Fitch’s concerns include L-3′s cash deployment strategy, which includes a focus on acquisitions and share repurchases, U.S. government budget deficits and the impact on defense spending after fiscal year (FY) 2012. Fitch’s other concerns include the underfunded pension position totaling $967 million (64% funded status) as of Dec. 31, 2011, all of which stayed with L-3 after the spin-off. The longer-term outlook for supplemental DoD budgets related to operations in Iraq and Afghanistan remains a modest concern but is lessened by the related revenues that were part of the spin-off.
The company’s liquidity as of March 30, 2012 was $1.5 billion, consisting of $996 million of credit facility availability (expiring in Feb. 2017) and $493 million in cash and short-term investments. The company has no debt maturities through 2014. The next material debt maturity is $500 million in 2015, of which $250 million will be redeemed in connection with the spin-off of Engility.
L-3 has generated strong FCF through strong operating performance, working capital management, and acquisitions. In the LTM ending March 30, 2012, the company generated $1 billion of FCF. L-3 reported $1.1 billion FCF in 2011, 2010 and 2009. L-3′s FCF benefits from low capital expenditures as a percentage of sales; it has averaged 1.3% of sales between 2008 and 2011. Fitch expects 2012 FCF to decline to approximately $800 to $900 million mostly driven by the spin-off of Engility.
L-3′s rating and Outlook incorporate Fitch’s expectations of small- to medium-sized acquisitions and meaningful cash deployment toward shareholders. In the first three months of 2012, L-3 deployed $205 million towards acquisitions, $138 million for share repurchases and $49 million in dividend payments. Fitch expects to see approximately $1 billion and $180 million spent on share repurchases and dividends in 2012, respectively. Over the past four years, L-3 contributed $591 million to its pension plans, with $176 million contributed in 2011. The company expects to contribute approximately $173 million to its pension plans in 2012.
U.S. government spending trends are key drivers of L-3′s financial performance given that the company generates most of its revenues (82% in 2011) from the U.S. government, with the bulk (75%) coming from the Department of Defense (DoD).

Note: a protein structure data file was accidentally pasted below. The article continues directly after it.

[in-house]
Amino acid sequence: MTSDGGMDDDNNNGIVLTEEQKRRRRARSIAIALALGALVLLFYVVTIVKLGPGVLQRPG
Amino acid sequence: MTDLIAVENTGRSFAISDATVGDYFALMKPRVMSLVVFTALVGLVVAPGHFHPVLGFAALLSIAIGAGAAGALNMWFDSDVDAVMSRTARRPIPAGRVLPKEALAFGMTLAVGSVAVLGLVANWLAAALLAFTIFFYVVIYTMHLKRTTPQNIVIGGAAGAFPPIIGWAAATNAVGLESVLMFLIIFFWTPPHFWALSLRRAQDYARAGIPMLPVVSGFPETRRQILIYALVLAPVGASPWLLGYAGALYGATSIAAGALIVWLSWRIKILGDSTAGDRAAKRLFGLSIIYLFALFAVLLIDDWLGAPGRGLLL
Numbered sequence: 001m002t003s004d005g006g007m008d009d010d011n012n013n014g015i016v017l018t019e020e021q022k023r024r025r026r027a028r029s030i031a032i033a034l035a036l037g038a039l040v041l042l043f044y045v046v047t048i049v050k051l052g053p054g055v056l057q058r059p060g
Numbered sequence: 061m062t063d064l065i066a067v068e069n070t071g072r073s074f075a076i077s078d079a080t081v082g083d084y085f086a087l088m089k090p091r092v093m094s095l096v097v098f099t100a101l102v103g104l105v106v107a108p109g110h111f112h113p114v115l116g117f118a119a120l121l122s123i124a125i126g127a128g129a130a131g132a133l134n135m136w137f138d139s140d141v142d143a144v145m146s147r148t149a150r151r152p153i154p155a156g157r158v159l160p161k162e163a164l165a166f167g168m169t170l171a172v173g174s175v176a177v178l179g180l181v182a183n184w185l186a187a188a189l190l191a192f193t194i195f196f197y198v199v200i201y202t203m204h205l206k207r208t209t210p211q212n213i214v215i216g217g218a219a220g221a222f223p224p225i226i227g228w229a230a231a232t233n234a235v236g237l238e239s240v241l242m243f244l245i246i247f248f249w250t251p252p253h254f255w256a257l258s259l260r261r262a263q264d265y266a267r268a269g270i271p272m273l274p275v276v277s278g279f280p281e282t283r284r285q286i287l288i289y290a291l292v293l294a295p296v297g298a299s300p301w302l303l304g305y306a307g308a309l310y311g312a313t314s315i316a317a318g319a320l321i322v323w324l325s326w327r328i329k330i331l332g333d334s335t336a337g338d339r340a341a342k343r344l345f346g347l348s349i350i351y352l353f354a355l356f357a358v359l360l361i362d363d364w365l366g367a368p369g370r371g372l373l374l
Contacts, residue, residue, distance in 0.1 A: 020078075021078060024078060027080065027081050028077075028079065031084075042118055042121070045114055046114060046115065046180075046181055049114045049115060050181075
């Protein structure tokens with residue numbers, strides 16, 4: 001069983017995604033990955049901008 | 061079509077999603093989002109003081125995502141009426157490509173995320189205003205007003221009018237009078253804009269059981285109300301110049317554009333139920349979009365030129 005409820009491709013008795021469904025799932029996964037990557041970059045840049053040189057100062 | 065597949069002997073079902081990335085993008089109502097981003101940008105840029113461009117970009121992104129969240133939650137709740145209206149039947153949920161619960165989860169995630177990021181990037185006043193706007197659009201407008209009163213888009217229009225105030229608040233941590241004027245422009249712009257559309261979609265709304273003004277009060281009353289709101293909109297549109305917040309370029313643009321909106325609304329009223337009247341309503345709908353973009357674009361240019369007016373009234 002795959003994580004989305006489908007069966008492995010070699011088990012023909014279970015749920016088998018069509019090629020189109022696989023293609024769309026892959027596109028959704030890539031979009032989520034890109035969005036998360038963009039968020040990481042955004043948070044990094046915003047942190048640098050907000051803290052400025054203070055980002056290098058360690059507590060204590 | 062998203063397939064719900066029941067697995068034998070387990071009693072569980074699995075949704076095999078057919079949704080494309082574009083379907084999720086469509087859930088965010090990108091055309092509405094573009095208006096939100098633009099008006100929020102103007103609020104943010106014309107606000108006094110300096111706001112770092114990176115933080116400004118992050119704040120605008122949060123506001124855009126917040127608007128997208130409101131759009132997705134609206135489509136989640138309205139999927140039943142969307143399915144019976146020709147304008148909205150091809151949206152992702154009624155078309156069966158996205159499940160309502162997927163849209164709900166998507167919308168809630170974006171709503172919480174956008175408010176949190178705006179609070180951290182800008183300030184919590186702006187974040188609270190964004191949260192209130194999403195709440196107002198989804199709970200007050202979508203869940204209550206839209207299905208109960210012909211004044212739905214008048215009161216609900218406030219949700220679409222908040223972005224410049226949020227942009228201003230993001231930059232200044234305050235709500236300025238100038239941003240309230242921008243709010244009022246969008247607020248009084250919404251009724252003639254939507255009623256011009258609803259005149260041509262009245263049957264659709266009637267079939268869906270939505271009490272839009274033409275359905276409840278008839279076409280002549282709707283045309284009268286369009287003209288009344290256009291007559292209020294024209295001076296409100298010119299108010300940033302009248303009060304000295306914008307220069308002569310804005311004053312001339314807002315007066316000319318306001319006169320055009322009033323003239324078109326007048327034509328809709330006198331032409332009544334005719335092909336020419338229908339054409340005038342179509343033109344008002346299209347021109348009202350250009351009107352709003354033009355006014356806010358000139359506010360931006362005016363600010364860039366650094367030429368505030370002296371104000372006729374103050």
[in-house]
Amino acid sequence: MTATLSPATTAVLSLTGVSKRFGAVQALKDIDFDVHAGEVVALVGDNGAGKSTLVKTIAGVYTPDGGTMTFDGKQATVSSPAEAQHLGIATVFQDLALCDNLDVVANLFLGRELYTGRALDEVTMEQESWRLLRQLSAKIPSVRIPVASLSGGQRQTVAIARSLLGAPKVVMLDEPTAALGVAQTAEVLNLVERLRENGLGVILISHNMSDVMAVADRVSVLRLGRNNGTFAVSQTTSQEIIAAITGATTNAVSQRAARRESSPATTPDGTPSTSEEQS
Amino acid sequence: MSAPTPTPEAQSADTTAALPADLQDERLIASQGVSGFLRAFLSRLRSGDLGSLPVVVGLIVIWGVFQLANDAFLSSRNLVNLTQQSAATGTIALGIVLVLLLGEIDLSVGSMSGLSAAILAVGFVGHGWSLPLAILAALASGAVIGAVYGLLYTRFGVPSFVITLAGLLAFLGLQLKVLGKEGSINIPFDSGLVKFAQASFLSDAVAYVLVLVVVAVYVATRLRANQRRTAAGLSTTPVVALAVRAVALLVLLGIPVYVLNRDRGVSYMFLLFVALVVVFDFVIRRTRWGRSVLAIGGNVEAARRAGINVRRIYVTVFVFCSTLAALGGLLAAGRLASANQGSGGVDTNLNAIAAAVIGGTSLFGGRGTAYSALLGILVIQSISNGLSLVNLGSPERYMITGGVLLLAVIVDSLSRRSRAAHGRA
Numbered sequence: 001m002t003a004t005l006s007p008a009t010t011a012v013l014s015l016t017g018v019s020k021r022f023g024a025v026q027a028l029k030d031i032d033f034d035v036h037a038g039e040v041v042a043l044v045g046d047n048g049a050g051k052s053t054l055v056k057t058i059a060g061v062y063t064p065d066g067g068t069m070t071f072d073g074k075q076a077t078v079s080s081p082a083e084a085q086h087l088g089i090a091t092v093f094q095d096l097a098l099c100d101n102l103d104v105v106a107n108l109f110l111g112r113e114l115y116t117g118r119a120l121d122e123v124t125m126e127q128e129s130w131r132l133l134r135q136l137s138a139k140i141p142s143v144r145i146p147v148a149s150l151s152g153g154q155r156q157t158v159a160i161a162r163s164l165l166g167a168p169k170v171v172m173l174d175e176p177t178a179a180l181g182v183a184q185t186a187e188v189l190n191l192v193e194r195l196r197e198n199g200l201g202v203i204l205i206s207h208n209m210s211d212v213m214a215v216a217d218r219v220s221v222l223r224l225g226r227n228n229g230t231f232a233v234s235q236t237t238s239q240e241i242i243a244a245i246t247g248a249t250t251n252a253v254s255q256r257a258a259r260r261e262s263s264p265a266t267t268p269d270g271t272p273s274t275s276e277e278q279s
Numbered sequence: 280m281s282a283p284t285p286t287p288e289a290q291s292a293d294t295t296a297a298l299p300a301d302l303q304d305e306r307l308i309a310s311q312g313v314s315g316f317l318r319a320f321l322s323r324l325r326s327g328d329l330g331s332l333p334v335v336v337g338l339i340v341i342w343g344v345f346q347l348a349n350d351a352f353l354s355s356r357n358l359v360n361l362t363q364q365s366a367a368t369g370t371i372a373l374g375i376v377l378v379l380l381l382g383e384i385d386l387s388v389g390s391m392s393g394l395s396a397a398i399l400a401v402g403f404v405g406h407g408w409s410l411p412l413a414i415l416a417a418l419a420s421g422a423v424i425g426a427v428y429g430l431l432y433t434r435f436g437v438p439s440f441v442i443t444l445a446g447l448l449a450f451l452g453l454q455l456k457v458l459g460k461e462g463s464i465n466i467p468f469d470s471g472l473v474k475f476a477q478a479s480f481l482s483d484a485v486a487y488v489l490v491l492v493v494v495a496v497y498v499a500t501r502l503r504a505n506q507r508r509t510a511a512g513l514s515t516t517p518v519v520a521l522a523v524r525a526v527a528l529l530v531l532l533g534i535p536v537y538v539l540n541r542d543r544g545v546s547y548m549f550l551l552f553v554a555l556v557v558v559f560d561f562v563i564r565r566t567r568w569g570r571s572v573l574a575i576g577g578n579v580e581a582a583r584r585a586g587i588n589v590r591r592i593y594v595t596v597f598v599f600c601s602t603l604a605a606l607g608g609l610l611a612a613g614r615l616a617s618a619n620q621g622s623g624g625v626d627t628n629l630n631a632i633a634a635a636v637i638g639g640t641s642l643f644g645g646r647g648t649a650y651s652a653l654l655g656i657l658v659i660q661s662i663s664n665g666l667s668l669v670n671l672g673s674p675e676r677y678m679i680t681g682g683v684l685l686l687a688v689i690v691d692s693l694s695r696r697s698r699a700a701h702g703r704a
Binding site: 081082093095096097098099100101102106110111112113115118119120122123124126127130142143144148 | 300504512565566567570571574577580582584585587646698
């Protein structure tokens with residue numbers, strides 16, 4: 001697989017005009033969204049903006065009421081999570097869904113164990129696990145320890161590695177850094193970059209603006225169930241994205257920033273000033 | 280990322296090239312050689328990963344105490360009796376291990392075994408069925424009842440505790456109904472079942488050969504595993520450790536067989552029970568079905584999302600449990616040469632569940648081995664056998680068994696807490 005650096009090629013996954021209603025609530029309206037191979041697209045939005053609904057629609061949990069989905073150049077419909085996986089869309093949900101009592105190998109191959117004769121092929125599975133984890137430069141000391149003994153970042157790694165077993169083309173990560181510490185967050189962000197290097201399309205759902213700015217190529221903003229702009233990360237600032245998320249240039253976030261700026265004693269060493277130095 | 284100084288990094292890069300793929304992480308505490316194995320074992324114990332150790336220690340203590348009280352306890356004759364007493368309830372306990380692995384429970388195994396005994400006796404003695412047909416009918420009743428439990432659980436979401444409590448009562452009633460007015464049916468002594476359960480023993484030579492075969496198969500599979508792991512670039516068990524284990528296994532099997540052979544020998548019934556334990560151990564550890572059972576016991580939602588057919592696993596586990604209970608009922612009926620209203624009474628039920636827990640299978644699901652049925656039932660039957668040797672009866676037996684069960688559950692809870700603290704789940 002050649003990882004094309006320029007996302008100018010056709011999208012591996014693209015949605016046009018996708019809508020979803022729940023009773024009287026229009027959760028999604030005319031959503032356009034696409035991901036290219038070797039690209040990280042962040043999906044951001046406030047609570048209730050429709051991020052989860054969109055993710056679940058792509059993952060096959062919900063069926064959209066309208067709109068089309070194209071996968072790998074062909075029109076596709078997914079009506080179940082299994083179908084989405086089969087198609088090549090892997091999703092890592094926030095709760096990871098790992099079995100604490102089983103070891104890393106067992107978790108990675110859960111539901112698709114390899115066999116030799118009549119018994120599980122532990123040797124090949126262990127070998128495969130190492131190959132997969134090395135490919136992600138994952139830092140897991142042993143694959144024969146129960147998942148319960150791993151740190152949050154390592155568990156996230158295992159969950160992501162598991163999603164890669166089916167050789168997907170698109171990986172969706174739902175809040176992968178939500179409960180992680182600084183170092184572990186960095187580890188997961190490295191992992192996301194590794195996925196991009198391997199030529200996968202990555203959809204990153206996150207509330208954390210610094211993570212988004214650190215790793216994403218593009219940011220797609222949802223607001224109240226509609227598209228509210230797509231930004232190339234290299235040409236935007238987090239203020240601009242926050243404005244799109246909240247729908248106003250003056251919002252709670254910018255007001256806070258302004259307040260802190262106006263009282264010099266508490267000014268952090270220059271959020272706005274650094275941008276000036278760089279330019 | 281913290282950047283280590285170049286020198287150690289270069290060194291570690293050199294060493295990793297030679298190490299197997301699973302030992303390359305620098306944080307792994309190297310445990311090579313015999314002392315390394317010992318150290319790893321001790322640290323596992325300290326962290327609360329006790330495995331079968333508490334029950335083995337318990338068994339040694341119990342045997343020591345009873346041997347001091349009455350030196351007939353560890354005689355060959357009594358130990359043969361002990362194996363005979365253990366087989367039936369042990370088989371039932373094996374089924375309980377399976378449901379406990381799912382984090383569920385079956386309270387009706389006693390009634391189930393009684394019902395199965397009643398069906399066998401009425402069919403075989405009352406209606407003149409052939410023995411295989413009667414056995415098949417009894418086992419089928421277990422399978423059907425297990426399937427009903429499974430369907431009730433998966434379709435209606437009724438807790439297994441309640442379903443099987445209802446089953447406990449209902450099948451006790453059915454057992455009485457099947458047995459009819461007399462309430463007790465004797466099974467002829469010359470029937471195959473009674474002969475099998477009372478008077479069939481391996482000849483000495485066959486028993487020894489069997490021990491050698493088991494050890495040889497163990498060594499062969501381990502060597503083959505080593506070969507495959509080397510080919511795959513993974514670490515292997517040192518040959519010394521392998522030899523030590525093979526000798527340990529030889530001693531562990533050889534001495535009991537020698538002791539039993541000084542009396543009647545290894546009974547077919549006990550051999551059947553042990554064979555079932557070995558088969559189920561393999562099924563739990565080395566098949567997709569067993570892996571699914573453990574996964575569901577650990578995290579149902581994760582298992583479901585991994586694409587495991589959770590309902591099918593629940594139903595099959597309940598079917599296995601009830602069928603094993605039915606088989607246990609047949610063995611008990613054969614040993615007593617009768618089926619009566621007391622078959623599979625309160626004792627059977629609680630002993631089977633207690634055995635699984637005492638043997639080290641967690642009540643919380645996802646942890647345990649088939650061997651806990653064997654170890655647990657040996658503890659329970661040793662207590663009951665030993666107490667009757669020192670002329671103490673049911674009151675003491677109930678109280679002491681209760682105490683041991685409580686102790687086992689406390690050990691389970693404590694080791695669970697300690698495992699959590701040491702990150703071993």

U.S. defense spending has been on an upward trend for more than a decade, but the FY2012 and FY2013 budgets represent a turning point, with spending beginning to turn down in FY2013, even excluding war spending, although from very high levels. The FY2012 DOD base budget is up less than one percent compared to FY2011, and the requested base budget for FY2013 is down 1% to $525 billion. FY2013 modernization spending (procurement plus R&D), the most relevant part of the budget for defense contractors, is down 4%, the third consecutive annual decline by Fitch’s calculations. The overhang of potential automatic cuts beginning in early 2013 related to the ‘sequestration’ situation, as well as the presidential election, add to the uncertainty faced by defense contractors in the current environment. The U.S. defense outlook will be uncertain and volatile over the next one to two years, and program details will be needed to evaluate the full effect on L-3′s credit profile.
Fitch currently rates L-3 as follows:
L-3 Communications Holdings, Inc.
–Contingent convertible subordinated notes ‘BB+’.
L-3 Communications Corporation
–senior unsecured notes ‘BBB-’;
–Senior unsecured revolving credit facility ‘BBB-’;
–Senior subordinated debt ‘BB+’.
Disclosure: The author holds no position in any stock mentioned.